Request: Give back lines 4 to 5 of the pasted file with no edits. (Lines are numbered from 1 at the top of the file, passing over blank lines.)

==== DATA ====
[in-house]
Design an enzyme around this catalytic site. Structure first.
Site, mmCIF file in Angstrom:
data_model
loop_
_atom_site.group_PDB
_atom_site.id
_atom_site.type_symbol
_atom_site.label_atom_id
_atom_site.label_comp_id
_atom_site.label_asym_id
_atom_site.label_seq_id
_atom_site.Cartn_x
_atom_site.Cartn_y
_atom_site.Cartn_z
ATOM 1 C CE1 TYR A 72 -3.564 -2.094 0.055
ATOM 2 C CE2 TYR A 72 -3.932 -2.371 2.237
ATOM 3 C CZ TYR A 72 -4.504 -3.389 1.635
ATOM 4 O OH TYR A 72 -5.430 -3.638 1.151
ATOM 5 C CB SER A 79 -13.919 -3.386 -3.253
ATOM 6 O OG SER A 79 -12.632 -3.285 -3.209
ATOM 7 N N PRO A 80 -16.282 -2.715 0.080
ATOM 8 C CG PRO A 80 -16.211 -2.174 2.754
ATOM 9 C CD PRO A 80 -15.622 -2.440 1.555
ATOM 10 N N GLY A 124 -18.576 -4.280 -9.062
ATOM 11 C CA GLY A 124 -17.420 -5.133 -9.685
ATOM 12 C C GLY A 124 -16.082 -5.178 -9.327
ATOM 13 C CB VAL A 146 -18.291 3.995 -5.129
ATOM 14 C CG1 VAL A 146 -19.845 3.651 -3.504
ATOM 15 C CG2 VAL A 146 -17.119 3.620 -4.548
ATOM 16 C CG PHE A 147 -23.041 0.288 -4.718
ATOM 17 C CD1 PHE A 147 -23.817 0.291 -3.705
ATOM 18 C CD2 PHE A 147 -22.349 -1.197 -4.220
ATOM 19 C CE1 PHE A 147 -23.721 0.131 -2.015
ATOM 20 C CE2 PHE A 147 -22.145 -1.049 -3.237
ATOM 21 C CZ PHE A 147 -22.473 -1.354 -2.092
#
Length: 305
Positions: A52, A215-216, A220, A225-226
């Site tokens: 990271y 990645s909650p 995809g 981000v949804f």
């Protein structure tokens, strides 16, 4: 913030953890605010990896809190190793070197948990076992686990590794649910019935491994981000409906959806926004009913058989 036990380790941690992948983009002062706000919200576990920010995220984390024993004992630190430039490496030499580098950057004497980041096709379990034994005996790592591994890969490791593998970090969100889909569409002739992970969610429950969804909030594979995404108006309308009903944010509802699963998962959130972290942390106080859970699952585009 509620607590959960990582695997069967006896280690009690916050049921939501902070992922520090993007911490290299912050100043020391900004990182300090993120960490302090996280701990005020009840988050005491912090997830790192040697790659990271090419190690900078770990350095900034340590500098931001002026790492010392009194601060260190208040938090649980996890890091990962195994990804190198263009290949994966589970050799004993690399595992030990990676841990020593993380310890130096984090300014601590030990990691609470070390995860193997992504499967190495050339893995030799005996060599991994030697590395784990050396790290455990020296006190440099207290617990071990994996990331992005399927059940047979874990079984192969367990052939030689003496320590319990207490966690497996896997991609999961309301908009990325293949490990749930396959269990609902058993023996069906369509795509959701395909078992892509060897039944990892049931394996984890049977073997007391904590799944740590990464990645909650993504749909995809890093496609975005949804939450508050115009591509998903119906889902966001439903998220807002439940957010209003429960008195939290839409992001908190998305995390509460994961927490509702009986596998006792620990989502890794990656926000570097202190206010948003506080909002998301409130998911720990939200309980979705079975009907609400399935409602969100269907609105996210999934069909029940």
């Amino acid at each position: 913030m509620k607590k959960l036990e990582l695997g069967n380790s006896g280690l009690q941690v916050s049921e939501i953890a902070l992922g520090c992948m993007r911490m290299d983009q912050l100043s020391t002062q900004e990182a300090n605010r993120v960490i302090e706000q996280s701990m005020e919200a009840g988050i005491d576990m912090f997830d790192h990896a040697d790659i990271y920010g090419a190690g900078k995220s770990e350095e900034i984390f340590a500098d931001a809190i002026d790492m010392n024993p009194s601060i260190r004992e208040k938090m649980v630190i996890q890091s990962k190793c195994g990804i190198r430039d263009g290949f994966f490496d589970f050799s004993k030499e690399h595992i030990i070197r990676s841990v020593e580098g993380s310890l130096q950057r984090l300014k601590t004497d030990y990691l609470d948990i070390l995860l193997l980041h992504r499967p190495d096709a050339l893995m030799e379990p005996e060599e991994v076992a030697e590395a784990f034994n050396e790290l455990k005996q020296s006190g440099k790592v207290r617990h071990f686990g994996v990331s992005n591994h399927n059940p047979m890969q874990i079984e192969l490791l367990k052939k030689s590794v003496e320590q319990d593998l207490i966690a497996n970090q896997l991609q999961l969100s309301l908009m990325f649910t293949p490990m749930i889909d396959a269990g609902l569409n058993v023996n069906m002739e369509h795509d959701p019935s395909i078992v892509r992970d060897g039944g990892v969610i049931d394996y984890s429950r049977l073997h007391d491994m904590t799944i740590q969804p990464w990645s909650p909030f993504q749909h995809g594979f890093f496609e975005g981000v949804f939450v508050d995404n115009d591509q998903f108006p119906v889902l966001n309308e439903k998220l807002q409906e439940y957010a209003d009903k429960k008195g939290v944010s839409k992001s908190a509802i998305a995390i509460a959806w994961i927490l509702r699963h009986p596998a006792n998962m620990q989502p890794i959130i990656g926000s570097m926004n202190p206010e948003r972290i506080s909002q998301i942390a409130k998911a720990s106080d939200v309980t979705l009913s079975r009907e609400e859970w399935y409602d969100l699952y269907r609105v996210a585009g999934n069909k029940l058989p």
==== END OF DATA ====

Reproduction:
data_model
loop_